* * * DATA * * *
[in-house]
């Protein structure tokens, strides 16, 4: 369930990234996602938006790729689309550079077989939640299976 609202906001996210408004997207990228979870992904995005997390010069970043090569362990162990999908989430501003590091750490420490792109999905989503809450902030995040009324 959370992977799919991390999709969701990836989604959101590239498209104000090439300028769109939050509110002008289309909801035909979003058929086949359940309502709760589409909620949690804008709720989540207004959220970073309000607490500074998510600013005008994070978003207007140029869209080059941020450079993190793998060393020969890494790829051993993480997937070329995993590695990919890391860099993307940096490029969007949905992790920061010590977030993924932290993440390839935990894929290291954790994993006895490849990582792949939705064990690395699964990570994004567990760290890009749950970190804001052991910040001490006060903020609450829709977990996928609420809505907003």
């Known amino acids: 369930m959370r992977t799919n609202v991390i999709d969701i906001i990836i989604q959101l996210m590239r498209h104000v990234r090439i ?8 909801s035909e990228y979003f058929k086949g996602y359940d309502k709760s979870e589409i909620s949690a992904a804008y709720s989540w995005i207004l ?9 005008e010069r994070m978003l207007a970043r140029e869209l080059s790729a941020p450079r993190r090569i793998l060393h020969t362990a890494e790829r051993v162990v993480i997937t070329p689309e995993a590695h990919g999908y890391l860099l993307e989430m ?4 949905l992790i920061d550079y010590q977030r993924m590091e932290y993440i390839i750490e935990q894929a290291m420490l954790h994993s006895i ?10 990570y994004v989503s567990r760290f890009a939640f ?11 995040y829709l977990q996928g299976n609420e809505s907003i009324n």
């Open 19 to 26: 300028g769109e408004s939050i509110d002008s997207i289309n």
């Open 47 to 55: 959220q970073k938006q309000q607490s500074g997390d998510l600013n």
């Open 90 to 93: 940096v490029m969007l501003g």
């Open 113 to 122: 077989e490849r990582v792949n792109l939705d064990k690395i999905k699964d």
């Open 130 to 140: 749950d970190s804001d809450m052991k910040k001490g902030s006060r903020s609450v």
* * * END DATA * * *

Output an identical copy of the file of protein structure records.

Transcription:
[in-house]
């Protein structure tokens, strides 16, 4: 369930990234996602938006790729689309550079077989939640299976 609202906001996210408004997207990228979870992904995005997390010069970043090569362990162990999908989430501003590091750490420490792109999905989503809450902030995040009324 959370992977799919991390999709969701990836989604959101590239498209104000090439300028769109939050509110002008289309909801035909979003058929086949359940309502709760589409909620949690804008709720989540207004959220970073309000607490500074998510600013005008994070978003207007140029869209080059941020450079993190793998060393020969890494790829051993993480997937070329995993590695990919890391860099993307940096490029969007949905992790920061010590977030993924932290993440390839935990894929290291954790994993006895490849990582792949939705064990690395699964990570994004567990760290890009749950970190804001052991910040001490006060903020609450829709977990996928609420809505907003």
């Known amino acids: 369930m959370r992977t799919n609202v991390i999709d969701i906001i990836i989604q959101l996210m590239r498209h104000v990234r090439i ?8 909801s035909e990228y979003f058929k086949g996602y359940d309502k709760s979870e589409i909620s949690a992904a804008y709720s989540w995005i207004l ?9 005008e010069r994070m978003l207007a970043r140029e869209l080059s790729a941020p450079r993190r090569i793998l060393h020969t362990a890494e790829r051993v162990v993480i997937t070329p689309e995993a590695h990919g999908y890391l860099l993307e989430m ?4 949905l992790i920061d550079y010590q977030r993924m590091e932290y993440i390839i750490e935990q894929a290291m420490l954790h994993s006895i ?10 990570y994004v989503s567990r760290f890009a939640f ?11 995040y829709l977990q996928g299976n609420e809505s907003i009324n």
């Open 19 to 26: 300028g769109e408004s939050i509110d002008s997207i289309n």
């Open 47 to 55: 959220q970073k938006q309000q607490s500074g997390d998510l600013n």
């Open 90 to 93: 940096v490029m969007l501003g």
């Open 113 to 122: 077989e490849r990582v792949n792109l939705d064990k690395i999905k699964d």
């Open 130 to 140: 749950d970190s804001d809450m052991k910040k001490g902030s006060r903020s609450v």